Two Roads in the Yellow Wood: Pacing Out Robert Frost's Poem

By Linda M. Rhinehart Neas

Poetry, like music, has a flow from one line to another and one stanza to the next. In Robert Frost's classic poem, "The Road Not Taken," we discover an unusual use of timing that not only represents the sentiment of the poem, but also reflects the character of the man himself.

Dare to be Different

The life of Robert Frost is a study of a man who didn't follow the pack; he lived life in his own way. Often at odds with family, friends and neighbors, Frost was known to be cranky and egocentric, something that readers see in his poems. Even his final resting place, with the statement, "I had a lover's quarrel with the world," is a testament to Frost's irascible manner.

Robert Frost was a New Englander, a farmer, a lecturer and a poet with a use for metaphor and a mastery of form that propelled him into fame in spite of his eccentric ways. The rhythm and meter in "The Road Not Taken" is a demonstration of Frost's ability to break with tradition, leaving behind a lasting legacy.

Iambic Tetrameter

In "The Road Not Taken," the four stanzas are five lines long with a rhyming scheme of ABAAB.

Two roads diverged in a yellow wood, (A)

And sorry I could not travel both (B)

And be one traveler, long I stood (A)

And looked down one as far as I could (A)

To where it bent in the undergrowth; (B)

DSCN5521 Each line, if Frost kept to the common iambic pentameter, would be five "feet" long; however, Frost writes this poem with four "feet" or tetrameter. (Feet or units in poetry contain stressed and unstressed syllables, as in the iambic da-Dum.)

If the first stanza of Frost's poem were broken up into units or feet, it would look like this -

Two roads/ diverged/ in a yel/ low wood, (A)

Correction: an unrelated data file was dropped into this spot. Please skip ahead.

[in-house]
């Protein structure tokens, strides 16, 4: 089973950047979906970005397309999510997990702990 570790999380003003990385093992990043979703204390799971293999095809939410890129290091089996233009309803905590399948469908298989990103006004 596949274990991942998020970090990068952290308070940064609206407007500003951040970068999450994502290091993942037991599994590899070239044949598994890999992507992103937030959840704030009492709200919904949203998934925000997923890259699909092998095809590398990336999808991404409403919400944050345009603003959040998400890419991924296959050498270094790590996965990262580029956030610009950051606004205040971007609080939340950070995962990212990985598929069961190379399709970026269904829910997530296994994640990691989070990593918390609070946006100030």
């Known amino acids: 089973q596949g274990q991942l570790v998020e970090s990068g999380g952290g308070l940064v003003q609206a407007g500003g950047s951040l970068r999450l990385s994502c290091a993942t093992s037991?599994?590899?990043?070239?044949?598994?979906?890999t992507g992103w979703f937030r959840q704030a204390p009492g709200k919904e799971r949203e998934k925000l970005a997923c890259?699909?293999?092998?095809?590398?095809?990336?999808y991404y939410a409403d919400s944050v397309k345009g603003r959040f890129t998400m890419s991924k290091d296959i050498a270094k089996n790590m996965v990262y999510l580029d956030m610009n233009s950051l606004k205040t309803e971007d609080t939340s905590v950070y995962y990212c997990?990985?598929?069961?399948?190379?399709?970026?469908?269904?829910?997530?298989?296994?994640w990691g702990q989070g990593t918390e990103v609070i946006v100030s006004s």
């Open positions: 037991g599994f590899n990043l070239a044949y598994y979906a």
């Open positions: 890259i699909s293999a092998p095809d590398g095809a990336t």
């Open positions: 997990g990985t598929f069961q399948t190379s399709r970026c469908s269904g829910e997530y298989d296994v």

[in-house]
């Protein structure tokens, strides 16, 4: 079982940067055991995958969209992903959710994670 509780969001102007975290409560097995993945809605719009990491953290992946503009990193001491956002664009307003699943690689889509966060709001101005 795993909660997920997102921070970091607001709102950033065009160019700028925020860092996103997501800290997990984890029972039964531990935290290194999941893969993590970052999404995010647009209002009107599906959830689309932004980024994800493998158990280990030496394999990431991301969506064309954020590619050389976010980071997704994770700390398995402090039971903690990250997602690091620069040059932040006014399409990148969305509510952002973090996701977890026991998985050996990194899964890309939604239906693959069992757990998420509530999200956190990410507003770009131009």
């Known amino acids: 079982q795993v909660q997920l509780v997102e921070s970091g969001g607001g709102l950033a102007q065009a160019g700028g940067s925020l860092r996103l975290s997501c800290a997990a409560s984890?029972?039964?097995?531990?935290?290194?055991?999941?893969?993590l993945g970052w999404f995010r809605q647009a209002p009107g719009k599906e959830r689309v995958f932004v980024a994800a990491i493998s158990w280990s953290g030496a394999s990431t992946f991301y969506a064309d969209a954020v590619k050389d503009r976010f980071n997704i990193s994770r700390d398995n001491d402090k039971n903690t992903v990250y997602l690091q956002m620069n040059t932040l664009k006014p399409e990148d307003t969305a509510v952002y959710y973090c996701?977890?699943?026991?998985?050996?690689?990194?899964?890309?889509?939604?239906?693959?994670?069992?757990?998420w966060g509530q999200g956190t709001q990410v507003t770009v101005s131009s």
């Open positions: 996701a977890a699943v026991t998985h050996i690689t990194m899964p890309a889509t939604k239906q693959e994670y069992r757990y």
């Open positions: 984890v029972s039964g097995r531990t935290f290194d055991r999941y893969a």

And sor/ ry I /could not tra/ vel both (B)

And be/ one tra/veler, long /I stood (A)

And looked/ down one/ as far /as I could (A)

To where/ it bent /in the un/dergrowth; (B)

Frost is quoted as saying, "There are only two meters "strict and loose iambic." In the lines of this poem, we see what he means by loose iambic meter."

Meter in English poems is usually one of five types - Iambic, Trochee, Spondee, Anapest, or Dactyl. Iambic consists of an unstressed syllable followed by a stress syllable. Trochee is the opposite, beginning with a stressed syllable followed by an unstressed syllable. In spondee, both syllables are accented. Anapest starts with two unstressed syllables followed by one stressed syllable. A dactyl is the opposite of an anapest with one stressed syllable followed by two unstressed syllables.

Loose Iambic

By bolding the stressed syllables in Frost's poem, it is obvious that a loose iambic included some of the other types of meter. For instance, in the first stanza, the meter would look like this -

Two roads/ di verged/ in a yel/ low wood, (A) - spondee/iambic/anapest/iambic

And sor/ ry I could /not tra/ vel both (B) - iambic/anapest/iambic/iambic

And be/ one tra ve/ ler, long /I stood (A) - iambic/dactyl/iambic/iambic

And looked/ down one/ as far /as I could (A) - iambic/iambic/iambic/anapest

To where/ it bent /in the un/der growth; (B) - iambic/iambic/anapest/iambic

Lover's Quarrel

A strict iambic tetrameter would sound like a heart beating - da-Dum, da-Dum, da-Dum, da-Dum - steady and true. In "A Road Not Taken," the beat of the poem, like the beat of a heart in the middle of a major decision in irregular. By beginning with a spondee - Two roads - the reader feels the sudden shock of the speaker of the poem. Throughout the poem, the speaker skips a beat - anapest and dactyl - carrying the reader along with anticipation to the final stanza.

I shall be telling this with a sigh

Somewhere ages and ages hence:

Two roads diverged in a wood, and I --

I took the one less traveled by,

And that has made all the difference.

After telling the reader that telling the story would come with a sigh, Frost masterfully creates a sigh in the third line of this stanza when the speaker says, "...and I -- / I took the one less traveled by..." Interestingly, this is all in strict iambic meter; however, Frost returns to a heart skipping beats in the last line, "And that/has made all/the dif/fer ence.

Like a Song

Frost's poems are like finely crafted symphonies. There is tension, discord, harmony, climax and resolve. His poetry does not have the comforting harmonies of a lullaby. Rather, Frost writes poems that trigger the emotions in ways that can sometimes surprise the reader. He writes to pull at the heart, planting seeds of thought that wiggle their way into the conscious until they bloom into epiphanies. The rhythm and meter in "The Road Not Taken," leaves the reader unsettled and questioning.